Eating for Bipolar Disorder: Best and Worst Foods for Bipolar
Eating for bipolar disorder is a natural way to treat and manage the difficult symptoms associated with this mental health disorder. With the knowledge of which foods to eat for bipolar disorder management, you can begin to make small changes to your diet. In choosing the best foods for bipolar disorder, chances are you may notice a significant change in how you experience symptoms and notice an overall increase in wellbeing.
Eating for Bipolar Disorder
Eating for bipolar disorder may look different depending on the specific person. Although there isn’t one specific bipolar diet every person with bipolar disorder is recommended to follow, there are certain foods every person with bipolar disorder may want to try for symptom management.
Best Foods for Bipolar Disorder
Research indicates there are many foods that one could benefit from incorporating into his or her diet if living with bipolar disorder. Diet is a great approach to naturally managing bipolar symptoms. If you have bipolar disorder, try incorporating the following five foods into your diet:
- Whole grains – not only do whole grains have a positive effect on your heart and digestive system, they are essential when mindfully eating for bipolar disorder, as they tend to have a calming effect on the mind. Whole grains are some of the best natural foods for bipolar disorder you can choose. Try whole grain pasta, brown rice, oatmeal or quinoa.
- Beans – beans are a primary part of any healthy diet, yet individuals with bipolar disorder may benefit from focusing on increasing their intake of pinto, garbanzo, and mung beans, which have the highest concentration of vitamin B9. Vitamin B9 helps sustain adequate homocysteine levels, which, when too low, can increase bipolar disorder symptoms.
- Dark Chocolate – chocolate is made from cocoa beans, which have various “mood-lifting” ingredients, including phenylethylamine (known to relieve symptoms of depression). Phenylethylamine is found mostly in dark chocolate.
- Tofu – tofu is made from the curds of soybean milk and, in general, is considered to be one of the most “health-giving” foods available. Tofu is a highly nutritious source of protein and contains omega-3s. Omega-3’s contribute to mood stability.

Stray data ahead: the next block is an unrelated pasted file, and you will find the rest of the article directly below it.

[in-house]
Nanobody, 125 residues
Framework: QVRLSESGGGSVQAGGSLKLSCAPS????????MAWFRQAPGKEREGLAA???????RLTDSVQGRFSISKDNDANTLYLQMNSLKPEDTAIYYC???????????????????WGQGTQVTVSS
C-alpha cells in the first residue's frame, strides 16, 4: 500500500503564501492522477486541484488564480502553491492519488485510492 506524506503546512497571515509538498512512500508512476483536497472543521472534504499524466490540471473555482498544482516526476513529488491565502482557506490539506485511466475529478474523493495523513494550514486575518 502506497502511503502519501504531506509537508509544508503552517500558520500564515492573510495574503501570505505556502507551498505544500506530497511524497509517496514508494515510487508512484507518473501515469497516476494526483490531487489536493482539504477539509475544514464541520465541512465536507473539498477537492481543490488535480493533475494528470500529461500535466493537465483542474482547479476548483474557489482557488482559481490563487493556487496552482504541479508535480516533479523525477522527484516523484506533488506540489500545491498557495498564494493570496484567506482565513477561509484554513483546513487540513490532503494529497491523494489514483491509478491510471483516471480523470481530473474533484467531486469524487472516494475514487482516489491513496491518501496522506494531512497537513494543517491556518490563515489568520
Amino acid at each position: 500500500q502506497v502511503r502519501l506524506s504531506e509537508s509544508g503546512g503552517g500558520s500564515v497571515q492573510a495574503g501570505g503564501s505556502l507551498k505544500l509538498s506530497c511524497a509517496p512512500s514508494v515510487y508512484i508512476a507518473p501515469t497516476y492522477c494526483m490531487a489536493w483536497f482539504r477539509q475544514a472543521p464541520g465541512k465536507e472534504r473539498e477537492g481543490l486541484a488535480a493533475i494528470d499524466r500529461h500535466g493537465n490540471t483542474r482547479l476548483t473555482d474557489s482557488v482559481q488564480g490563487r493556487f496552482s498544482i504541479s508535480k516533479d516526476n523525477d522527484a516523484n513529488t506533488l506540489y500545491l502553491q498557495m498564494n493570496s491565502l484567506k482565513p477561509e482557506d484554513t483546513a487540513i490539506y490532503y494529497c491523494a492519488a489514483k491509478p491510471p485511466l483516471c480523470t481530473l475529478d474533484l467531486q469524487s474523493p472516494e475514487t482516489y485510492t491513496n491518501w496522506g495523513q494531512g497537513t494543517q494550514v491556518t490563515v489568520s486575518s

- Turkey – this may seem like an odd choice, but turkey, which is high in the amino acid tryptophan, is a vital part of eating for bipolar disorder. Tryptophane helps your body make serotonin, and increased levels of serotonin are helpful with bipolar depression.
Worst Foods for Bipolar Disorder
- Caffeine – Although small amounts of caffeine don’t tend to exacerbate the symptoms of bipolar disorder, caffeine can cause sleep deprivation, which can trigger mania and mood swings. Generally, caffeinated beverages like cola and coffee don't mix well with bipolar disorder.
- Sugar – Eating a diet high in sugar isn’t recommended for anyone, but especially for those with bipolar disorder. Research has shown sugar can interfere with bipolar medication treatments and make them less effective.
- Alcohol – Alcohol is a depressant for anyone, but if you have bipolar disorder, you are more prone to being affected by depressants. Not only can alcohol affect mood, but it can also negatively interact with medication. High-fat foods – those with bipolar could benefit from limiting their trans- and saturated fat intake. These fats can significantly delay the beneficial effects of bipolar medications.
- Grapefruit – This citrus fruit is known to negatively interact with many commonly prescribed bipolar medications.
Making small, gradual changes to your diet is a good place to start. If you are anxious to begin eating for bipolar disorder and want to make major changes to your diet, it is advised you seek the advice of a medical professional.
Jarrold, J. (2018, May 30). Eating for Bipolar Disorder: Best and Worst Foods for Bipolar, HealthyPlace. Retrieved on 2020, March 28 from https://www.healthyplace.com/bipolar/foods-and-bipolar/eating-for-bipolar-disorder-best-and-worst-foods-for-bipolar